Archives for posts with tag: Kon-Tiki

Kon-Tiki Image

kon-tiki-imageObtained this in Oslo, Norway, May 13, 2015, at the Kon Tiki Museum. This pin shows the image of Kon Tiki

Location: 25-B2

Kon-Tiki 1947

kontiki-1947I got this pin in May, 2015 at the Kon-Tiki Museum in Oslo, Norway.

On August 7, 1947, Kon-Tiki, a balsa wood raft captained by Norwegian anthropologist Thor Heyerdahl, completes a 4,300-mile, 101-day journey from Peru to Raroia in the Tuamotu Archipelago, near Tahiti. Heyerdahl wanted to prove his theory that prehistoric South Americans could have colonized the Polynesian islands by drifting on ocean currents.

Heyerdahl and his five-person crew set sail from Callao, Peru, on the 40-square-foot Kon-Tiki on April 28, 1947. The Kon-Tiki, named for a mythical white chieftain, was made of indigenous materials and designed to resemble rafts of early South American Indians. While crossing the Pacific, the sailors encountered storms, sharks and whales, before finally washing ashore at Raroia. Heyerdahl, born in Larvik, Norway, on October 6, 1914, believed that Polynesia’s earliest inhabitants had come from South America, a theory that conflicted with popular scholarly opinion that the original settlers arrived from Asia. Even after his successful voyage, anthropologists and historians continued to discredit Heyerdahl’s belief. However, his journey captivated the public and he wrote a book about the experience that became an international bestseller and was translated into 65 languages. Heyerdahl also produced a documentary about the trip that won an Academy Award in 1951.

Heyerdahl made his first expedition to Polynesia in 1937. He and his first wife lived primitively on Fatu Hiva in the Marquesas Islands for a year and studied plant and animal life. The experience led him to believe that humans had first come to the islands aboard primitive vessels drifting on ocean currents from the east.

Following the Kon-Tiki expedition, Heyerdahl made archeological trips to such places as the Galapagos Islands, Easter Island and Peru and continued to test his theories about how travel across the seas played a major role in the migration patterns of ancient cultures. In 1970, he sailed across the Atlantic from Morocco to Barbados in a reed boat named Ra II (after Ra, the Egyptian sun god) to prove that Egyptians could have connected with pre-Columbian Americans. In 1977, he sailed the Indian Ocean in a primitive reed ship built in Iraq to learn how prehistoric civilizations in Mesopotamia, the Indus Valley and Egypt might have connected.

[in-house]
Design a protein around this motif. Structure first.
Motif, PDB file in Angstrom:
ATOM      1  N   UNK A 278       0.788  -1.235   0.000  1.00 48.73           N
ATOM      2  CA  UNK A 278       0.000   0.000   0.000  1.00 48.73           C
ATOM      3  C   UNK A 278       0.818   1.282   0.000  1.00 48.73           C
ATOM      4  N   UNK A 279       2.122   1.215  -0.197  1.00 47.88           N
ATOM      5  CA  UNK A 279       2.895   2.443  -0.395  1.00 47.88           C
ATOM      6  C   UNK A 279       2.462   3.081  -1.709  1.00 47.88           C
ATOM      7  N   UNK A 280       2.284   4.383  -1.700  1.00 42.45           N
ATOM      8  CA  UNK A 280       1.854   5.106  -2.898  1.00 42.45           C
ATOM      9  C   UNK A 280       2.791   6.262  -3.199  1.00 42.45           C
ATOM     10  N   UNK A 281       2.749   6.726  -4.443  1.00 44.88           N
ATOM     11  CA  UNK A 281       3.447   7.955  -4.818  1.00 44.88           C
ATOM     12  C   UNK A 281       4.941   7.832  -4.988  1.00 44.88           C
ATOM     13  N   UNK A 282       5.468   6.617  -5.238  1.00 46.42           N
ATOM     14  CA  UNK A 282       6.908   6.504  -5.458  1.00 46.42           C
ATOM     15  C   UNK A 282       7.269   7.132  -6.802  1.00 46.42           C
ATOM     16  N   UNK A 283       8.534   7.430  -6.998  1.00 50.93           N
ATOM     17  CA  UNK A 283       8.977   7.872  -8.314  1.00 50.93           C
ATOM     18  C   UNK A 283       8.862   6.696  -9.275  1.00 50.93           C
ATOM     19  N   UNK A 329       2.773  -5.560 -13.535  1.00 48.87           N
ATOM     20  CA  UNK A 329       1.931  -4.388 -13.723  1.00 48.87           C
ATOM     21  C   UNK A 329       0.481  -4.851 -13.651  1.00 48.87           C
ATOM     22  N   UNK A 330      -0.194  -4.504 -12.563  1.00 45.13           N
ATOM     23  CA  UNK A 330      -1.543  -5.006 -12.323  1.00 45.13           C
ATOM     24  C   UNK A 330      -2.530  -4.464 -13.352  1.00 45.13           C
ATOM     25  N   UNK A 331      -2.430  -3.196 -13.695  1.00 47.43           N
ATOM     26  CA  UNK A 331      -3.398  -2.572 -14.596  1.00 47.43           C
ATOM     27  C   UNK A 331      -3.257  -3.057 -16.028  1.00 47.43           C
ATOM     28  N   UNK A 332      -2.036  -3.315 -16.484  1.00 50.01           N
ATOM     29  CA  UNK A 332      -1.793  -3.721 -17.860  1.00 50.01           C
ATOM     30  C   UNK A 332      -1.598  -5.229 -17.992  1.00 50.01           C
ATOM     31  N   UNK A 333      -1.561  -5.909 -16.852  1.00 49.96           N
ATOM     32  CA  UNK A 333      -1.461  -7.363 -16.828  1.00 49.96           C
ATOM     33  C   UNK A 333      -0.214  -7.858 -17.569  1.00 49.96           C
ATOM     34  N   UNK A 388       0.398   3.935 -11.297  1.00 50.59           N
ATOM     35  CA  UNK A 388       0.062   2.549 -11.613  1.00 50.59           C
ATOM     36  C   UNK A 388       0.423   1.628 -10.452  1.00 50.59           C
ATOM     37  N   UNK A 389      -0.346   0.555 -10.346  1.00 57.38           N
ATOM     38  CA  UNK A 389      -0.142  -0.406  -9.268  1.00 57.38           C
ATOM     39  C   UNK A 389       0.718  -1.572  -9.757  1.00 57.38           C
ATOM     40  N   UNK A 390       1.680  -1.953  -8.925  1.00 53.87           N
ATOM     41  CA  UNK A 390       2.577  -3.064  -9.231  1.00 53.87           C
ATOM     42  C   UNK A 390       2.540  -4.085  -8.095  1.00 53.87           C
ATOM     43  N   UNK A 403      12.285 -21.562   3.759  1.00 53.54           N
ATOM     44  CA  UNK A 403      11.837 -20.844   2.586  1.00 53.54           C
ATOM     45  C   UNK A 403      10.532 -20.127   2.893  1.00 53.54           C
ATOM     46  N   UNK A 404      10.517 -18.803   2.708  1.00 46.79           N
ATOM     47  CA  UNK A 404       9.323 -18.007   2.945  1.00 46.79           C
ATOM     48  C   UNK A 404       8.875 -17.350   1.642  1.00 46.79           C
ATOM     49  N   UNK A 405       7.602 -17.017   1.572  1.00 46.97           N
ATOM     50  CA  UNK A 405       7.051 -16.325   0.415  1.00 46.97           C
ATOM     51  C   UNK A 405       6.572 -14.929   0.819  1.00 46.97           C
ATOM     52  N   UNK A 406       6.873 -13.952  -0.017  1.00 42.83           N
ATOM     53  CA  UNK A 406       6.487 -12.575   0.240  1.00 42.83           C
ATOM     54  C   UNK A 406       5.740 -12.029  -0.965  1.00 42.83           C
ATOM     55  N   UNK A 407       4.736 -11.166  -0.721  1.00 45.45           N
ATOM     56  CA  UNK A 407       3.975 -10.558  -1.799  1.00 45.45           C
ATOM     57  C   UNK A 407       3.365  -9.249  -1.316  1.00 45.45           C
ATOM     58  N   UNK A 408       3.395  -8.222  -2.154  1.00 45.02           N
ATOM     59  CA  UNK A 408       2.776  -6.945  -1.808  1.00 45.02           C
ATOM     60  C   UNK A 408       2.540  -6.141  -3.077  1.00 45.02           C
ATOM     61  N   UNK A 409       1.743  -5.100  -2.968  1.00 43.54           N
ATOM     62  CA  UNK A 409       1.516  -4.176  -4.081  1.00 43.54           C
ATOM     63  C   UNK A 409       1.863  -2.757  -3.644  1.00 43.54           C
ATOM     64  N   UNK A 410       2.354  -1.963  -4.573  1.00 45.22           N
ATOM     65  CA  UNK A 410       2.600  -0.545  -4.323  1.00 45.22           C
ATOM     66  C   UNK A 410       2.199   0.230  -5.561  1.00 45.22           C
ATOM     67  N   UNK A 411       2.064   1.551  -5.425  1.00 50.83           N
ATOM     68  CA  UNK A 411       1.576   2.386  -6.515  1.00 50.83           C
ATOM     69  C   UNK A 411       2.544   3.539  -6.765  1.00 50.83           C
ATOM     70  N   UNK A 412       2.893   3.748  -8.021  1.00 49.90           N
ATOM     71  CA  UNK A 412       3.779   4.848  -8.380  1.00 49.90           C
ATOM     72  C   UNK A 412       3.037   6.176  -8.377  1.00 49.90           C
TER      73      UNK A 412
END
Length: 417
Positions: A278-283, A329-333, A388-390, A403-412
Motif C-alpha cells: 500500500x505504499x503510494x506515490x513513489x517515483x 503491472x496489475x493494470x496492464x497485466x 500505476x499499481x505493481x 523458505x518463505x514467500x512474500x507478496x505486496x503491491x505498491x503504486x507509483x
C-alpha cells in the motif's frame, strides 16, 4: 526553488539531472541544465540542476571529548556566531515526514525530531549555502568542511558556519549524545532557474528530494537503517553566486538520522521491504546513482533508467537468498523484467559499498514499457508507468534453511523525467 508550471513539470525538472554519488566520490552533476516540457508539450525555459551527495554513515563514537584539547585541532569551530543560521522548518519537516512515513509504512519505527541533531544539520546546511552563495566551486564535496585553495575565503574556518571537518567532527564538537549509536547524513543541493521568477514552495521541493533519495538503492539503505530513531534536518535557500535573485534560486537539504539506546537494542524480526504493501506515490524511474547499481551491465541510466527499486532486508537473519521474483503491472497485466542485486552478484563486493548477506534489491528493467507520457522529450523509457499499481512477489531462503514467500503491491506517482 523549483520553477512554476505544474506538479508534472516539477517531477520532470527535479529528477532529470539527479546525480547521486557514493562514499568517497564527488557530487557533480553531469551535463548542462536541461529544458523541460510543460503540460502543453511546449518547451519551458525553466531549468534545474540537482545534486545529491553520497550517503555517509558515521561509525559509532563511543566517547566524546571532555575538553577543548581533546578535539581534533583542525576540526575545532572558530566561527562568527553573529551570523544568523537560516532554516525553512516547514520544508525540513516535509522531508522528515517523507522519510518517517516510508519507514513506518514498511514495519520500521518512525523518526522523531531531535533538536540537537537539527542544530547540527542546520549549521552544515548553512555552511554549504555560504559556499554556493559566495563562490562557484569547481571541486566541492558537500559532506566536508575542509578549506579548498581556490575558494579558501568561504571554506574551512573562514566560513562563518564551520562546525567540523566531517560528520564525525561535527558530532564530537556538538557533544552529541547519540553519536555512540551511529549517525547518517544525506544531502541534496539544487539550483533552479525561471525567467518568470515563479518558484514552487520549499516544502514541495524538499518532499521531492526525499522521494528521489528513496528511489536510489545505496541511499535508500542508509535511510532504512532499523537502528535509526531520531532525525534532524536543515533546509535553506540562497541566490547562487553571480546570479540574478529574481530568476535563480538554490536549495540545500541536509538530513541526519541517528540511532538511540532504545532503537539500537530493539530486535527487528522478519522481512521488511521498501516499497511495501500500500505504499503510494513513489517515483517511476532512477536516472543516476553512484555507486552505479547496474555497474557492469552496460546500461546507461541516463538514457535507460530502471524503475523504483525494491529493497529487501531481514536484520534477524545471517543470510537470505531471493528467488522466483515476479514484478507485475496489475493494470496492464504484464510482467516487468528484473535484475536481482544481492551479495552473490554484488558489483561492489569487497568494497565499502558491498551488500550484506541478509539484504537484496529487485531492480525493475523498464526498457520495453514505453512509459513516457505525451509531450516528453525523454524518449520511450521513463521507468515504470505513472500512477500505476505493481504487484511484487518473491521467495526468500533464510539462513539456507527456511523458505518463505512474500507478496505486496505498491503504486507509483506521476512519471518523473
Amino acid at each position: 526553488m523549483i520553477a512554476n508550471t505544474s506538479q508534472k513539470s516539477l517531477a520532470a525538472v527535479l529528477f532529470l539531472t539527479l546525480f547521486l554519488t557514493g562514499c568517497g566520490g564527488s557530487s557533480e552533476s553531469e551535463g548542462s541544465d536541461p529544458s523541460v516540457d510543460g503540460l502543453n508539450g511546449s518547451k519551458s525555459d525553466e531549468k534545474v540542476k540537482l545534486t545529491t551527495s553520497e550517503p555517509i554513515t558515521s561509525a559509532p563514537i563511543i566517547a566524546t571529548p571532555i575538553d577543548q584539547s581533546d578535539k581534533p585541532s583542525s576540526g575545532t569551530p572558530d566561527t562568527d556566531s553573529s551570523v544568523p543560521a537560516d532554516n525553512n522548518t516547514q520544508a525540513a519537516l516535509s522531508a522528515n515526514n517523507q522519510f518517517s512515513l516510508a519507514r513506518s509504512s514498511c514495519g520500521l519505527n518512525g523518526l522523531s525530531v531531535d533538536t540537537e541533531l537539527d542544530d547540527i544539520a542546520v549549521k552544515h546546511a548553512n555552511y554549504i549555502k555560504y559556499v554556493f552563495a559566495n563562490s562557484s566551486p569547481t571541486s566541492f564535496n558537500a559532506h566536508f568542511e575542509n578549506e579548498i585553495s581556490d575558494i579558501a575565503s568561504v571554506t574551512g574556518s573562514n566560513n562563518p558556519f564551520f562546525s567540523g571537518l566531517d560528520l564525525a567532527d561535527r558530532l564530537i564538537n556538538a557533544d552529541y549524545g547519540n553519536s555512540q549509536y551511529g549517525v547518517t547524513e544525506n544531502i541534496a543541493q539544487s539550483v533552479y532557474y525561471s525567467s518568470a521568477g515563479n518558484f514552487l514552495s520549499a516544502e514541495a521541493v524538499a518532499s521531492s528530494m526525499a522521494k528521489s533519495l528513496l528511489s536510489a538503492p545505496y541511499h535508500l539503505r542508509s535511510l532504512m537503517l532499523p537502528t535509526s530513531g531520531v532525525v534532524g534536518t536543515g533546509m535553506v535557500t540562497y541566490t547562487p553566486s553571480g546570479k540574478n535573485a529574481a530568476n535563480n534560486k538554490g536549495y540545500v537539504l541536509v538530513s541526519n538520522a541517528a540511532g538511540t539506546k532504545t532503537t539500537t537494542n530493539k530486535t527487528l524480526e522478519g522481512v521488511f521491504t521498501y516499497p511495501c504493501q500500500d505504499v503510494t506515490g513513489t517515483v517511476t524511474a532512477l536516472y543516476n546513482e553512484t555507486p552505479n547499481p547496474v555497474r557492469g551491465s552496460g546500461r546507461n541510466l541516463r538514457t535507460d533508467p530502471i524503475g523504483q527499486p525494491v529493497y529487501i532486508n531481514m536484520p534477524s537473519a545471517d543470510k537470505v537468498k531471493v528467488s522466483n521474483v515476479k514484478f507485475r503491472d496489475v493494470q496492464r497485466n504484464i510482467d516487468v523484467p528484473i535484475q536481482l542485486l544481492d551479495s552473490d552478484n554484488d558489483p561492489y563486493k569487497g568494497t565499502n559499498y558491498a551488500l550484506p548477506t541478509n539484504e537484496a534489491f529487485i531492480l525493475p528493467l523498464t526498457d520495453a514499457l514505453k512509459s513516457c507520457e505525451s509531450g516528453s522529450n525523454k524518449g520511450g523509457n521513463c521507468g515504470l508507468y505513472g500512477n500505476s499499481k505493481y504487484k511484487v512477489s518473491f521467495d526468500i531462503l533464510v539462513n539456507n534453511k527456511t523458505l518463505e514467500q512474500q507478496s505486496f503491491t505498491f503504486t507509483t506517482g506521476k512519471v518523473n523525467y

While Heyerdahl’s work was never embraced by most scholars, he remained a popular public figure and was voted “Norwegian of the Century” in his homeland. He died at age 87 on April 18, 2002, in Italy. The raft from his famous 1947 expedition is housed at the Kon-Tiki Museum in Oslo, Norway.

NOTE: Recently DNA evidence has proven that Polynesia was NOT settled by people from South America. It would have been possible, as proven by Heyerdahl, IF people had actually been in S. America. However, DNA shows it want the other way.

Location: 20-G3

Kon-Tiki Logo (2)

kon-tiki-representationI got this pin at the Kon-Tiki Museum in Oslo in May, 2015. It features the Kon-Tiki logo. The logo is from a Polynesian inspired mask.

The History of Tiki Masks

If you trace back the lines of history long enough, you will soon discover the actual origin of the Tiki mask. Although one can see the history of these masks at almost any Hawaiian or tropical restaurant, cafe, or music venue as a form of decoration and entertainment, the mask is rooted in an ancient and historical civilization. Furthermore, the mask is a depiction of ancient Polynesian culture that is used by this culture today to signify remembrance, worship and celebration.

These masks are significant because they pay homage to an ancient Polynesian god, Tiki, who was considered by many as the first man. Moreover, the symbolic nature of wearing these masks or erecting Tiki poles is designed to capture the power of Tiki. Tiki statues are designed to protect or secure the boundaries of a tribe and these masks were designed to capture the power of the ancient Polynesian god Tiki.

Modern Use

However, today many cafes, restaurants and clubs use these masks and other Polynesian signs and symbols for mere aesthetic decoration. Club and restaurant owners alike, use these masks and statues to create a vibe or ambience in their establishment. To be sure, this application of the masks and statues does not have the same laws and meaning attached to it as the Polynesian people do. Unfortunately, the Polynesian culture has been appropriated for capitalist and entertainment value, which is not unlike many Asian and foreign cultures when seen in a Western setting.

The Design

There are many different formations and characteristics of these masks. Unlike, the cross in Christianity, for example, this mask comes in many different forms, colors, sizes and shapes. Further, some hold meanings or interpretations for different events or times of worship. In addition, there are masks for women, men and children and some for holiday times and others for funeral processions and child birth ceremonies.

The history of Tiki masks has a rich history with many different meanings applied to each mask. Furthermore, each mask holds a sacred type of significance determined by the creator of the mask. You can see these types of sacred masks across the hundreds of museums in the world. There are many different spiritual beliefs attached to the Tiki mask, which holds a greater power than as a mere decorative item which is used on Halloween, for example in Western culture. To conclude, the history of the Tiki mask is a rich and complex one that has influenced and shaped the culture of Polynesian history.

Location: 20-G2